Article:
Sharing my mourning journey as my family learns to live a new normal after the death of my 19 y.o. son in an auto accident on 10/12/08.


Jordan's Candle burning in remembrance

Jordan's Candle burning in remembrance

The death of your child twists your body, soul, life into an impossible shape and posture. People who have suffered the loss of a child can try to describe this pain to you. If you haven’t experienced the loss of someone dear then your typical responses are “I can’t imagine what you’re going through” or “I wouldn’t be able to make it, you are so strong”.  (Those responses were ones I felt and uttered out loud.) The truth is until you lose someone you love there is no way to understand how contorted your life becomes and just how much pain you can bear.

As impossible as it seems, there you are forced into pain, twisted into a body and mind-numbing position that you feel will last forever. Every time you try to untwist yourself it doesn’t work. All the sighing, the praying, the unconscious shaking of your head to clear your mind so you can figure out, “ How did I get to such an awful place, I’m in a nightmare? “ or “How could my child be gone?” No matter how hard you try, the questions of how and why don’t have acceptable answers.

The next step is to find a way to fix the situation. There has to be a way to relieve the pain. A way to get your life back the way it was before you felt shackled and twisted by pain and grief. You try, but nothing works. Busying yourself, pretending things are as they were doesn’t work. No mystical or magical tactics come to your aid that will unlock the secret to releasing the pain.  Denial fails every time. Avoidance of your new reality only leaves you at the end of the day with a racing mind and a heart so heavy that the ache threatens to push you over. “How did this happen?” “How can I get out of this awful position, this painful pose?”

Repeatedly you retrace, and don’t give up. You still keep trying because there has to be a way to undo what’s been done; even as a part of you whispers “there’s no going backwards” and further tries to reveal the energy you’re wasting on the impossible. You are stubborn and resolute. Going backwards has to be possible! Backwards is where the life you cherished is,and where all of your children lived safely. All you have to do is figure out how to turn back time and carefully free yourself of what has happened. That can’t be impossible. It has to be possible because you want things the way they were before your child’s death forced you into this awful, ugly, painful pose. You will figure it out. You have to make things right again.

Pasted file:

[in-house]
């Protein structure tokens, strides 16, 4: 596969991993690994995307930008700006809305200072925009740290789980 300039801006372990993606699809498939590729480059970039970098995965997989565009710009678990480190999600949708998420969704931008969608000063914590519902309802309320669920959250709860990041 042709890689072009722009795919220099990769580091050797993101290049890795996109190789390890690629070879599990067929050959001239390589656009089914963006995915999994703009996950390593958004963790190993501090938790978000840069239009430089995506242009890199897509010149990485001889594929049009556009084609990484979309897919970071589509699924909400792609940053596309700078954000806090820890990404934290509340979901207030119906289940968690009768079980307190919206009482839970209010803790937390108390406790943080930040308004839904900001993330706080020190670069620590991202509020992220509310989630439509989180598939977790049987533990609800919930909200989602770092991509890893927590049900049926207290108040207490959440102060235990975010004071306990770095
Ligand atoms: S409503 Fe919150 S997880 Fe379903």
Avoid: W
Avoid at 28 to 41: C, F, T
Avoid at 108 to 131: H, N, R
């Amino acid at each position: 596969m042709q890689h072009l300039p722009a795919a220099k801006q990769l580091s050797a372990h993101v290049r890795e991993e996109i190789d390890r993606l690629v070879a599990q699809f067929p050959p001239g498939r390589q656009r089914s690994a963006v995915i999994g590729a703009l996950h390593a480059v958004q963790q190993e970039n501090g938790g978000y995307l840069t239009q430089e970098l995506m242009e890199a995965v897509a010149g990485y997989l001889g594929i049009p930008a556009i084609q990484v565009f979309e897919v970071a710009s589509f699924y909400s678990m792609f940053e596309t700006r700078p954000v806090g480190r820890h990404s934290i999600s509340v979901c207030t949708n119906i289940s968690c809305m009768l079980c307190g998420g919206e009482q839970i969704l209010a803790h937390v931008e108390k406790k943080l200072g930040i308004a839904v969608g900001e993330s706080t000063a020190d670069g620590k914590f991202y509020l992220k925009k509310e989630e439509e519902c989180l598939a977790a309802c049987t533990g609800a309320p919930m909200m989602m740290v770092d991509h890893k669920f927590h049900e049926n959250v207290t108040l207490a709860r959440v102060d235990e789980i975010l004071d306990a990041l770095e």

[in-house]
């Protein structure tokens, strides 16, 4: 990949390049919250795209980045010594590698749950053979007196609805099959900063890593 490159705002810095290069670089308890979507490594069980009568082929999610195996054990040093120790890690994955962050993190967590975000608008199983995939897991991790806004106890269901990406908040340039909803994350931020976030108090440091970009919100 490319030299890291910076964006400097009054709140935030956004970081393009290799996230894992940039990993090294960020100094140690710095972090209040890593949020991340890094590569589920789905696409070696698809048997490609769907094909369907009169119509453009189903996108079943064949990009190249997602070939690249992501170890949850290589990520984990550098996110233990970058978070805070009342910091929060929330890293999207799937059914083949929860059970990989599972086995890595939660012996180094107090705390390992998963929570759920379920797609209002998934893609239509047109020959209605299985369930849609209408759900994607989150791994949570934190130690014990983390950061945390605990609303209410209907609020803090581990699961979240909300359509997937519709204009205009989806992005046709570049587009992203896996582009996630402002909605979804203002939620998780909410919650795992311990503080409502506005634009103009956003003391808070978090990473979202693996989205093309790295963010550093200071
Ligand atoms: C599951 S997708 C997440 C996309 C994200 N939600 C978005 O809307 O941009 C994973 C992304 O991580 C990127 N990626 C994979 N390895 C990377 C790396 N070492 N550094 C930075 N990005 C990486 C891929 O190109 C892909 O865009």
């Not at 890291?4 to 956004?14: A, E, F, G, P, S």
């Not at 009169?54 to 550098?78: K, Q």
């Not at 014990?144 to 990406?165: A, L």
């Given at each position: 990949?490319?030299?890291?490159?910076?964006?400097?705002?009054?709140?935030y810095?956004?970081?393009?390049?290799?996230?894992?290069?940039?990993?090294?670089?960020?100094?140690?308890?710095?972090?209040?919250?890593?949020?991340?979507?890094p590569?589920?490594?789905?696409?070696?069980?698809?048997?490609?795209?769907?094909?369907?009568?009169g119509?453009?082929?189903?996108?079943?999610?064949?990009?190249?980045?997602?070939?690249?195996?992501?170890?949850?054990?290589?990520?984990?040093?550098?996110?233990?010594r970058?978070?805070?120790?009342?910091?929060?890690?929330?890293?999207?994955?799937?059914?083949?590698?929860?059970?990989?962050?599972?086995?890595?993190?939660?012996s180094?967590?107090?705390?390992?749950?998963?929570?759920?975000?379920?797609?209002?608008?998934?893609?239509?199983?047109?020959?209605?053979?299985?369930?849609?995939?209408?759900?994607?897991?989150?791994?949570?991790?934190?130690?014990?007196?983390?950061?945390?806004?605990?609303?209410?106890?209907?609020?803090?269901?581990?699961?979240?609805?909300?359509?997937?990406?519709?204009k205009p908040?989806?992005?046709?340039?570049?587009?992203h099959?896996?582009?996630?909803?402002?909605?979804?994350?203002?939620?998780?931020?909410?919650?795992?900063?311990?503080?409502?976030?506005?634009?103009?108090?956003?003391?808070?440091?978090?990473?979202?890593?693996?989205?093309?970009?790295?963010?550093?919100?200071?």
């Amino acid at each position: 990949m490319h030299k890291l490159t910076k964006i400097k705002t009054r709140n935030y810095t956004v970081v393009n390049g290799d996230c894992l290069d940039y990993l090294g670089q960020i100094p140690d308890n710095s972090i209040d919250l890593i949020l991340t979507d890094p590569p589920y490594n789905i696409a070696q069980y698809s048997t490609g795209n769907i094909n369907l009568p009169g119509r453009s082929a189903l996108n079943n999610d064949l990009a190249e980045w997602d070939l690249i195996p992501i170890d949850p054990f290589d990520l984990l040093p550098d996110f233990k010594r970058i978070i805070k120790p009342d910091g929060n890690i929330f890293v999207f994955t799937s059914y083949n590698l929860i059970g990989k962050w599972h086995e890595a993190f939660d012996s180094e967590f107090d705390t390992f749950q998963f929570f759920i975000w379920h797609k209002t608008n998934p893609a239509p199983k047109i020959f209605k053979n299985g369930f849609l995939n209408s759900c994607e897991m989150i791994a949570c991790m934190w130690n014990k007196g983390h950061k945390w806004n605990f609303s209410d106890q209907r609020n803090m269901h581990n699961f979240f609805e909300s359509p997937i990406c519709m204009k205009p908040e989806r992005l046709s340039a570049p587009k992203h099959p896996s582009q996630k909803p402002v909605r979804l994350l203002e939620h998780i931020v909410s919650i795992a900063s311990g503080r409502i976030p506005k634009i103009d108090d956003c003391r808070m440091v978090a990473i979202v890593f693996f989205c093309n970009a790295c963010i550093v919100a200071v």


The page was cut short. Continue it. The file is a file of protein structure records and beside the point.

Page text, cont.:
Then, one day it happens; weariness sets in and you run out of ways of figuring out how to unclench, untangle, undo what has happened. There is the moment you realize that all the things you’ve tried don’t work because you’re trying to retrace your steps, go backward and somehow in reverse undo the torture that has contorted your life, your family, and your soul. A new strategy reveals itself. There is a way out of the pain and the numbness, but it means moving differently. It means believing that to untangle is not a backwards movement of retracing, but a forward movement of assuming a new design, a new normal. It is accepting that some parts will always feel a little twisted, will hurt and never be the same. Acknowledging that help will be needed to untwist and unclench what the contortion of death has imposed. As you slowly unclench and breathe, you recognize that this path is the way the pain will lessen.